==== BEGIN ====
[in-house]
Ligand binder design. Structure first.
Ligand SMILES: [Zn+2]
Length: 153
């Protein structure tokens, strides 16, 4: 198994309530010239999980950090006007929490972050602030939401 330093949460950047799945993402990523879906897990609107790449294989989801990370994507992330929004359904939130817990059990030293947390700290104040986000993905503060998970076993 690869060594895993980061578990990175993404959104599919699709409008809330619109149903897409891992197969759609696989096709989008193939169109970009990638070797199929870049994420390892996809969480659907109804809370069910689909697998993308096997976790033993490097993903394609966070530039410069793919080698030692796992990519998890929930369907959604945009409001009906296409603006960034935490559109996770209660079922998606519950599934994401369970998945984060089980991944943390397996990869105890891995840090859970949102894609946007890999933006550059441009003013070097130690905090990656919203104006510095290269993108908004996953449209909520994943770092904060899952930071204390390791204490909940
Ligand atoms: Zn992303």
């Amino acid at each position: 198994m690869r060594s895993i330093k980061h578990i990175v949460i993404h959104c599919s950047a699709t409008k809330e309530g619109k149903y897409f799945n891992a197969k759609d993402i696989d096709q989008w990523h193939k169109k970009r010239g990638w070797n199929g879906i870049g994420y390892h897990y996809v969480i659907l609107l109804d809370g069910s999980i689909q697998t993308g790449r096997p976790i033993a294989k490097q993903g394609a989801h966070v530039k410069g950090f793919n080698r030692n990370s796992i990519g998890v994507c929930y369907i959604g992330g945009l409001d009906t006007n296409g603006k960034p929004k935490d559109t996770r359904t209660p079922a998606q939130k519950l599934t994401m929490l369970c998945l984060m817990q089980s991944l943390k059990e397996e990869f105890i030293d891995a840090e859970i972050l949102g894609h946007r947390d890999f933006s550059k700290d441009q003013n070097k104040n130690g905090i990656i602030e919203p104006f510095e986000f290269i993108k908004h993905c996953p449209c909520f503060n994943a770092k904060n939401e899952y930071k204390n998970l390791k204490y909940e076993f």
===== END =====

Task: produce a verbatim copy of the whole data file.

[in-house]
Ligand binder design. Structure first.
Ligand SMILES: [Zn+2]
Length: 153
């Protein structure tokens, strides 16, 4: 198994309530010239999980950090006007929490972050602030939401 330093949460950047799945993402990523879906897990609107790449294989989801990370994507992330929004359904939130817990059990030293947390700290104040986000993905503060998970076993 690869060594895993980061578990990175993404959104599919699709409008809330619109149903897409891992197969759609696989096709989008193939169109970009990638070797199929870049994420390892996809969480659907109804809370069910689909697998993308096997976790033993490097993903394609966070530039410069793919080698030692796992990519998890929930369907959604945009409001009906296409603006960034935490559109996770209660079922998606519950599934994401369970998945984060089980991944943390397996990869105890891995840090859970949102894609946007890999933006550059441009003013070097130690905090990656919203104006510095290269993108908004996953449209909520994943770092904060899952930071204390390791204490909940
Ligand atoms: Zn992303």
């Amino acid at each position: 198994m690869r060594s895993i330093k980061h578990i990175v949460i993404h959104c599919s950047a699709t409008k809330e309530g619109k149903y897409f799945n891992a197969k759609d993402i696989d096709q989008w990523h193939k169109k970009r010239g990638w070797n199929g879906i870049g994420y390892h897990y996809v969480i659907l609107l109804d809370g069910s999980i689909q697998t993308g790449r096997p976790i033993a294989k490097q993903g394609a989801h966070v530039k410069g950090f793919n080698r030692n990370s796992i990519g998890v994507c929930y369907i959604g992330g945009l409001d009906t006007n296409g603006k960034p929004k935490d559109t996770r359904t209660p079922a998606q939130k519950l599934t994401m929490l369970c998945l984060m817990q089980s991944l943390k059990e397996e990869f105890i030293d891995a840090e859970i972050l949102g894609h946007r947390d890999f933006s550059k700290d441009q003013n070097k104040n130690g905090i990656i602030e919203p104006f510095e986000f290269i993108k908004h993905c996953p449209c909520f503060n994943a770092k904060n939401e899952y930071k204390n998970l390791k204490y909940e076993f």